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Opinion/Letter: Women of color face hurdles in leadership

Opinion/Letter: Women of color face hurdles in leadership

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Women of color face hurdles in leadership

Apropos of the upcoming departure of Charlottesville Mayor Nikuyah Walker and the dismissal of Chief of Police RaShall Brackney, a fresh look at “The Problem Woman of Color” graphic is warranted. It’s been out there in cyberspace for years.

It depicts the WOC invited into a predominantly white organization, wherein white leadership trips over its feet welcoming her. A honeymoon ensues. Every word dropped from WOC’s mouth is a pearl. She is lionized, lauded. Leadership cries: “Smart! Articulate!”

Given the expressed level of support, WOC goes around doing what she thought she was hired to do: She points out pain points here, problems there; suggests solutions within the organization’s policies; exercises her perceived sovereignty to attempt to hold the organization accountable for doing what it said it wanted to do when it hired her.

Therein, according to Shakespeare, lies the rub.

Backtracking ensues. Pushback crowds in. Whispers reach leadership’s ears.

Suddenly, no one seems to know what WOC is talking about. The backtrackers don’t see that particular issue, that aspect of supposed problems. Some of them weren’t around when the original problems were being identified.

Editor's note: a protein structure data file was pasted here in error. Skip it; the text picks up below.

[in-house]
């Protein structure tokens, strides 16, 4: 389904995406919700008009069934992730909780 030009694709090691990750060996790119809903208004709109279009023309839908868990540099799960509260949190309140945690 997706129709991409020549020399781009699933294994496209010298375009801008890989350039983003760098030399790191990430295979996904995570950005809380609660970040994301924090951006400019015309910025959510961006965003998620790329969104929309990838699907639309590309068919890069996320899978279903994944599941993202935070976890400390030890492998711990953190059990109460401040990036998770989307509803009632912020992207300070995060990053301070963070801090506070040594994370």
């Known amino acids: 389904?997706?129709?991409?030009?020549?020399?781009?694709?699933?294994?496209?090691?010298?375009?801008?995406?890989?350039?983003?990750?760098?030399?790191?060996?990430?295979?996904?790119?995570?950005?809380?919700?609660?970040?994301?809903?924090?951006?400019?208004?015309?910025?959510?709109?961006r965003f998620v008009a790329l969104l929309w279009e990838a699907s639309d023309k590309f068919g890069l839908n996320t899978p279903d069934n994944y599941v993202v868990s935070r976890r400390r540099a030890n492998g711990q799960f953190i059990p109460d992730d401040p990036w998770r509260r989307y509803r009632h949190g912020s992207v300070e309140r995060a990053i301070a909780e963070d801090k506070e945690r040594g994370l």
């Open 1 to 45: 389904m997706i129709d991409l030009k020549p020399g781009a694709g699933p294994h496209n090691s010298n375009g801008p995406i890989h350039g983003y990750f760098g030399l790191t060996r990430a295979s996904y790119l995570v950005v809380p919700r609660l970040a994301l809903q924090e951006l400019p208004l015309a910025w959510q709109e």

Now leadership thinks: Who is she, Houdini? Creating conflict out of thin air?

Even other WOCs deeply vested in the organization don’t see a problem.

Who does WOC think she is, coming in and riling folks up? She is the problem. Notice that her reports are always late? Hear that strident ring in her voice?

She’s never on time. Why can’t she be civil? Staffers just can’t communicate with her. She’s not a good fit, not the right person for the job.

And even if the organization does ail, isn’t it her job to cure it? Without all this fuss?

Eventually the targeting does what it is supposed to do. WOC leaves under her own steam (Mayor Walker) or with a good healthy kick to the tuchis (Chief Brackney).

I live in Albemarle. I don’t have a dog in this fight. I don’t know the mayor or the chief. But I can spot organizational patterns when I see them.

Phylissa Mitchell

Albemarle County

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